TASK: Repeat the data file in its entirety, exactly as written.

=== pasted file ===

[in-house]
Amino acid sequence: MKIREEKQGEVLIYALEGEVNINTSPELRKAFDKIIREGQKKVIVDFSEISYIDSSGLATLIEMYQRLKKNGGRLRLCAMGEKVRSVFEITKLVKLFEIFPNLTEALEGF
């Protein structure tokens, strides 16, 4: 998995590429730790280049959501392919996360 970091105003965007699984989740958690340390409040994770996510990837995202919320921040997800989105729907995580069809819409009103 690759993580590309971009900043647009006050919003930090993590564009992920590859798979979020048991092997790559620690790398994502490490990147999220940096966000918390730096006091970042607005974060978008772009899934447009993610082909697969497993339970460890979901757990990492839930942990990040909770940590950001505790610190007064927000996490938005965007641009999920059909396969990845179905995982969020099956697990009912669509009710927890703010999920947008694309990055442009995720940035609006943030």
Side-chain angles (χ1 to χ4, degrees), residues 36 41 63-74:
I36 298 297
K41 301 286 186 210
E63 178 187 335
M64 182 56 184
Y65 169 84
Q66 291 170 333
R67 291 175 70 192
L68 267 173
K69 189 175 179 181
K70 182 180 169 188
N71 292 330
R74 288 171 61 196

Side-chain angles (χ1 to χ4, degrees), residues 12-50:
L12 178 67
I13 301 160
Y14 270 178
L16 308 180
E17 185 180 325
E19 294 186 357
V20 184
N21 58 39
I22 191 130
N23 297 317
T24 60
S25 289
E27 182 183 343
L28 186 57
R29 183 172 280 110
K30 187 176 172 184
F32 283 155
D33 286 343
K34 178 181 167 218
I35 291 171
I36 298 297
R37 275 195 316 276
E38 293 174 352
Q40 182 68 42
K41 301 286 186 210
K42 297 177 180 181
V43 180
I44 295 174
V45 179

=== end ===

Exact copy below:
[in-house]
Amino acid sequence: MKIREEKQGEVLIYALEGEVNINTSPELRKAFDKIIREGQKKVIVDFSEISYIDSSGLATLIEMYQRLKKNGGRLRLCAMGEKVRSVFEITKLVKLFEIFPNLTEALEGF
């Protein structure tokens, strides 16, 4: 998995590429730790280049959501392919996360 970091105003965007699984989740958690340390409040994770996510990837995202919320921040997800989105729907995580069809819409009103 690759993580590309971009900043647009006050919003930090993590564009992920590859798979979020048991092997790559620690790398994502490490990147999220940096966000918390730096006091970042607005974060978008772009899934447009993610082909697969497993339970460890979901757990990492839930942990990040909770940590950001505790610190007064927000996490938005965007641009999920059909396969990845179905995982969020099956697990009912669509009710927890703010999920947008694309990055442009995720940035609006943030």
Side-chain angles (χ1 to χ4, degrees), residues 36 41 63-74:
I36 298 297
K41 301 286 186 210
E63 178 187 335
M64 182 56 184
Y65 169 84
Q66 291 170 333
R67 291 175 70 192
L68 267 173
K69 189 175 179 181
K70 182 180 169 188
N71 292 330
R74 288 171 61 196

Side-chain angles (χ1 to χ4, degrees), residues 12-50:
L12 178 67
I13 301 160
Y14 270 178
L16 308 180
E17 185 180 325
E19 294 186 357
V20 184
N21 58 39
I22 191 130
N23 297 317
T24 60
S25 289
E27 182 183 343
L28 186 57
R29 183 172 280 110
K30 187 176 172 184
F32 283 155
D33 286 343
K34 178 181 167 218
I35 291 171
I36 298 297
R37 275 195 316 276
E38 293 174 352
Q40 182 68 42
K41 301 286 186 210
K42 297 177 180 181
V43 180
I44 295 174
V45 179